Shared Workgroup Templates – Best Practices

Groups of workers usually use the same templates. But it can be time-consuming to keep everyone updated when templates are installed separately on each desktop. Instead, you can implement shared workgroup templates with a feature already built into Office.


Shared Workgroup Templates – Multiple Uses

Every desktop version of Office, Mac and Windows, includes a Workgroup templates option that allows you to set a network share as a templates folder. Templates on this share are instantly available to all users, making updates and revisions a breeze. Automatically, everyone in the office is using the same version. As long as template names remain identical, then old Word documents automatically attach themselves to the new template.

The Workgroup templates network share can serve more that just templates. With some additional subfolders, it can be a source for Document Themes, including custom SuperThemes, it can hold collection of Font and Color themes. These additional files don’t show in the File>New dialog. Theme files display under the Themes dropdown, theme colors under the Colors dropdown and theme fonts under the Fonts dropdown.


Shared Workgroup Templates – Setup

To set up shared workgroup templates, first create the network location and ensure it’s accessible to all in the office without a signin. Each computer should connect to the share automatically on restart, so users don’t have to remember to manually connect before creating a new document. Create subfolders with the following names for othe file types you want to support. Document Themes for themes, with subfolders for Theme Colors and Theme Fonts. All versions of Office expect exactly the same file structure.

If the office uses Group Policies to install and configure software, you can use that feature to add the Workgroup Template location to each user installation. If you’re using “sneakernet” for configuration, here’s how to do it manually. All Office suites use a setting in Word to set the location for all the other programs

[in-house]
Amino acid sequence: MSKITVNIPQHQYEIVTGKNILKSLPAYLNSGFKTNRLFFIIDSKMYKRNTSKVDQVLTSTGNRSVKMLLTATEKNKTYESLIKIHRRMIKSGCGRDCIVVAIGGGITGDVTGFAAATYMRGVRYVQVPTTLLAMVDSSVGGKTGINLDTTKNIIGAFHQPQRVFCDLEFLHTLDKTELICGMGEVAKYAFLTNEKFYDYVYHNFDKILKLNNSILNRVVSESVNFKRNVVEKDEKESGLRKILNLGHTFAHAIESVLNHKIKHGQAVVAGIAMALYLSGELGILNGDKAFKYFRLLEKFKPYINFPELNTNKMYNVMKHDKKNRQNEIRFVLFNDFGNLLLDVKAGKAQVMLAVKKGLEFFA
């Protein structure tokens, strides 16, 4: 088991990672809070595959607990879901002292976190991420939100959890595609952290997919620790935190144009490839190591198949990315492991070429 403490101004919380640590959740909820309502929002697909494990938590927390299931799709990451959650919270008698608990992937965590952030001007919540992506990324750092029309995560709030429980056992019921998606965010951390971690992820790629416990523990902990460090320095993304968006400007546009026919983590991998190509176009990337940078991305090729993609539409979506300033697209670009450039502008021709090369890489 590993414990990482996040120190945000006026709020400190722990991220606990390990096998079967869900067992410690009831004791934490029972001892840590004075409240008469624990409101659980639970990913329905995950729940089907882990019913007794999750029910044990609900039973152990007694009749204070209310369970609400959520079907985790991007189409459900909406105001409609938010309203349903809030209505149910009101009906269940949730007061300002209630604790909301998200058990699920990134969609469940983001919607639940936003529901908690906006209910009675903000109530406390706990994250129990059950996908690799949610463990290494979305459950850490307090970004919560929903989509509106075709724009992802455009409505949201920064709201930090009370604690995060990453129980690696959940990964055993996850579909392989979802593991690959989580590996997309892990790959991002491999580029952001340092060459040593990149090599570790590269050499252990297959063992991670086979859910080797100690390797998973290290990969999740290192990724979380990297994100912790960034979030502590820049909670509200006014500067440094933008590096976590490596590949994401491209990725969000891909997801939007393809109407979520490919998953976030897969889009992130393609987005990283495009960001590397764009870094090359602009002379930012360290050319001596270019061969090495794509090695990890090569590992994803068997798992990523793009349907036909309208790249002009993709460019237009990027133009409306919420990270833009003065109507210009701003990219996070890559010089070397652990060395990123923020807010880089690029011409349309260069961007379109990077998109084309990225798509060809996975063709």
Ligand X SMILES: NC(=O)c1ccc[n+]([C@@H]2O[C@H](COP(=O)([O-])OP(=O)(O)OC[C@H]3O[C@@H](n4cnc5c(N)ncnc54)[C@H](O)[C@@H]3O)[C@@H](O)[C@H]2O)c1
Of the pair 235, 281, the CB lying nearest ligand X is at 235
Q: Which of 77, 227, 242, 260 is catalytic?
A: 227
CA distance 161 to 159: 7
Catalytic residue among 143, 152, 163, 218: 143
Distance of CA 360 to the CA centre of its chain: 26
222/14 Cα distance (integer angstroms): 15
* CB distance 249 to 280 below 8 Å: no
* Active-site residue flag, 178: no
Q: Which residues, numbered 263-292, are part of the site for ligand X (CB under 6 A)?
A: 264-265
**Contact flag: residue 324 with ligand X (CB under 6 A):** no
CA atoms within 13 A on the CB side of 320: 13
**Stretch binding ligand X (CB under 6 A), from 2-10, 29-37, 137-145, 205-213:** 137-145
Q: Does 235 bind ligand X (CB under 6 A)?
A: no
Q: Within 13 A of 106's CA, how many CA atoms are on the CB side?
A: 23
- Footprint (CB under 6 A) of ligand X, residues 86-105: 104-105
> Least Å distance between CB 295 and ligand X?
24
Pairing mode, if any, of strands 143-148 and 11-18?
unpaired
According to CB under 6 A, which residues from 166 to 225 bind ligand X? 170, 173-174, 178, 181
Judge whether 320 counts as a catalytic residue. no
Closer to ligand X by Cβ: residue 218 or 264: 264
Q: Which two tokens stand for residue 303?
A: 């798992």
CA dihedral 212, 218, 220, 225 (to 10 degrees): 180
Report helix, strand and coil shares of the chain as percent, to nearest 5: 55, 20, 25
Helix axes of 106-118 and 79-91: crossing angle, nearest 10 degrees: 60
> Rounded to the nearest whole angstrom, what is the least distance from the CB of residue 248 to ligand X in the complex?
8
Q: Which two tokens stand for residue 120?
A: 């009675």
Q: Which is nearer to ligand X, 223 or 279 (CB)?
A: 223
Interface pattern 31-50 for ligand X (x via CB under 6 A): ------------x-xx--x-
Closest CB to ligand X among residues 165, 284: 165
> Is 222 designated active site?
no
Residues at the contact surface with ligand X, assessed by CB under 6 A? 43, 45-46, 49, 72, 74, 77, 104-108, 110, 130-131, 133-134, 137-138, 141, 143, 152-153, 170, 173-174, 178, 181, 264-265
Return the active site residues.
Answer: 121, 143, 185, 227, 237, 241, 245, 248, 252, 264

Office 2010, 2013, 2016 and 2019 for Windows

  1. In Word, choose File>Options>Advanced.
  2. Scroll down to the General section of Advanced and click on the File Locations… button.
  3. Select the Workgroup templates line, then click on the Modify button.
  4. In the dialog that opens, enter the path to the network share in the Folder name field, or use the window controls to navigate to the folder. Select the folder and click on OK. OK all the way out and close Word

Office 2007 for Windows

  1. In Word, click on the Office button, then on Word Options, then on Advanced..
  2. Scroll down to the General section of Advanced and click on the File Locations… button.
  3. Select the Workgroup templates line, then click on the Modify button.
  4. In the dialog that opens, enter the path to the network share in the Folder name field, or use the window controls to navigate to the folder. Select the folder and click on OK. OK all the way out and close Word.

Office 2003 and earlier for Windows

  1. In Word, choose Tools>Options and click on the File Locations tab.
  2. Select the Workgroup templates line, then click on the Modify button.
  3. In the dialog that opens, enter the path to the network share in the Folder name field, or use the window controls to navigate to the folder. Select the folder and click on OK. OK all the way out and close Word.

Office 2016 and 2019 for Mac

  1. In Word, choose Word>Preferences>File Locations.
  2. Select the Workgroup templates line, then click on the Modify button.
  3. In the dialog that opens, use the window controls to navigate to the folder. Select the folder and click on Open. OK out and close Word

Office 2011 and earlier for Mac

  1. In Word, choose Word>Preferences>File Locations.
  2. Select the Workgroup templates line, then click on the Modify button.
  3. In the dialog that opens, use the window controls to navigate to the folder. Select the folder and click on Choose. OK out and close Word

Shared Workgroup Templates in Use

Here’s how to access Workgroup templates in Office programs

Office 2016 and 2019 for Windows

  1. Choose File>New.
  2. Click on Custom.
  3. Click on Workgroup Templates, select a template, then click on Create.

Office 2013 for Windows

  1. Choose FILE>New.
  2. Click on SHARED.
  3. Click on a template.

Office 2010 for Windows

  1. Choose File>New>My Templates.
  2. On the Personal Templates tab, select a template, then click on OK. This tab also shows local templates on the user’s computer.

Office 2007 for Windows

  1. Click on the Office button, then on New.
  2. Click on My templates…